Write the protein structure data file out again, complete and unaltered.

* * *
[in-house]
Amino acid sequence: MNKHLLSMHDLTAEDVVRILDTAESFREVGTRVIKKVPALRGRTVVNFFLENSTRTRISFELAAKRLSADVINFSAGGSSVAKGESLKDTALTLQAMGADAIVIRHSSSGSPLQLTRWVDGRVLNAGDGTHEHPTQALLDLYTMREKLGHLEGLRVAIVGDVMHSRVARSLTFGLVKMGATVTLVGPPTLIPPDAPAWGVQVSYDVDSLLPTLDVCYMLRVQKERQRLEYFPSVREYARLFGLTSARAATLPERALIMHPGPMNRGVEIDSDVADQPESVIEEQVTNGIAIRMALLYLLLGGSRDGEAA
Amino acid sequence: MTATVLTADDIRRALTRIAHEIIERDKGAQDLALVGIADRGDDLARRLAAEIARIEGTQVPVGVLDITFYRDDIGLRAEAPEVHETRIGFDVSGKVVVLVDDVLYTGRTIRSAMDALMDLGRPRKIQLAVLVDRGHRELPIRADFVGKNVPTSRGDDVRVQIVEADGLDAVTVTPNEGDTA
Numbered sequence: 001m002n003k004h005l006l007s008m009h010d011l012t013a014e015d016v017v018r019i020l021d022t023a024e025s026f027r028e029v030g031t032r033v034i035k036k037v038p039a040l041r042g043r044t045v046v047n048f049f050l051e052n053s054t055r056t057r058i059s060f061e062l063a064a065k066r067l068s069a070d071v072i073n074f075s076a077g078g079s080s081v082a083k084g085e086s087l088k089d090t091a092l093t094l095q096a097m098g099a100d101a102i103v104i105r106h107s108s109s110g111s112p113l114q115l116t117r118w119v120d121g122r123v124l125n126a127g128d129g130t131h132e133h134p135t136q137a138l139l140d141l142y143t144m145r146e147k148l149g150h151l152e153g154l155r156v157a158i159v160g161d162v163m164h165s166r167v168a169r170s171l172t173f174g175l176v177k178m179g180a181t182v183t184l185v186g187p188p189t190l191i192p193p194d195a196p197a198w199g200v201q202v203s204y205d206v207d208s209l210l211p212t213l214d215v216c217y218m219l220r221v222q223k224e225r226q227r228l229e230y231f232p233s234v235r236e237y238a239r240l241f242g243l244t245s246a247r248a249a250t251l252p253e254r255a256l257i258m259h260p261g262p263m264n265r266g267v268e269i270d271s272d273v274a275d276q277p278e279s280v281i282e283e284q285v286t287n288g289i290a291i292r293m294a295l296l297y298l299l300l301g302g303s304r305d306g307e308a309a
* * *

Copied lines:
[in-house]
Amino acid sequence: MNKHLLSMHDLTAEDVVRILDTAESFREVGTRVIKKVPALRGRTVVNFFLENSTRTRISFELAAKRLSADVINFSAGGSSVAKGESLKDTALTLQAMGADAIVIRHSSSGSPLQLTRWVDGRVLNAGDGTHEHPTQALLDLYTMREKLGHLEGLRVAIVGDVMHSRVARSLTFGLVKMGATVTLVGPPTLIPPDAPAWGVQVSYDVDSLLPTLDVCYMLRVQKERQRLEYFPSVREYARLFGLTSARAATLPERALIMHPGPMNRGVEIDSDVADQPESVIEEQVTNGIAIRMALLYLLLGGSRDGEAA
Amino acid sequence: MTATVLTADDIRRALTRIAHEIIERDKGAQDLALVGIADRGDDLARRLAAEIARIEGTQVPVGVLDITFYRDDIGLRAEAPEVHETRIGFDVSGKVVVLVDDVLYTGRTIRSAMDALMDLGRPRKIQLAVLVDRGHRELPIRADFVGKNVPTSRGDDVRVQIVEADGLDAVTVTPNEGDTA
Numbered sequence: 001m002n003k004h005l006l007s008m009h010d011l012t013a014e015d016v017v018r019i020l021d022t023a024e025s026f027r028e029v030g031t032r033v034i035k036k037v038p039a040l041r042g043r044t045v046v047n048f049f050l051e052n053s054t055r056t057r058i059s060f061e062l063a064a065k066r067l068s069a070d071v072i073n074f075s076a077g078g079s080s081v082a083k084g085e086s087l088k089d090t091a092l093t094l095q096a097m098g099a100d101a102i103v104i105r106h107s108s109s110g111s112p113l114q115l116t117r118w119v120d121g122r123v124l125n126a127g128d129g130t131h132e133h134p135t136q137a138l139l140d141l142y143t144m145r146e147k148l149g150h151l152e153g154l155r156v157a158i159v160g161d162v163m164h165s166r167v168a169r170s171l172t173f174g175l176v177k178m179g180a181t182v183t184l185v186g187p188p189t190l191i192p193p194d195a196p197a198w199g200v201q202v203s204y205d206v207d208s209l210l211p212t213l214d215v216c217y218m219l220r221v222q223k224e225r226q227r228l229e230y231f232p233s234v235r236e237y238a239r240l241f242g243l244t245s246a247r248a249a250t251l252p253e254r255a256l257i258m259h260p261g262p263m264n265r266g267v268e269i270d271s272d273v274a275d276q277p278e279s280v281i282e283e284q285v286t287n288g289i290a291i292r293m294a295l296l297y298l299l300l301g302g303s304r305d306g307e308a309a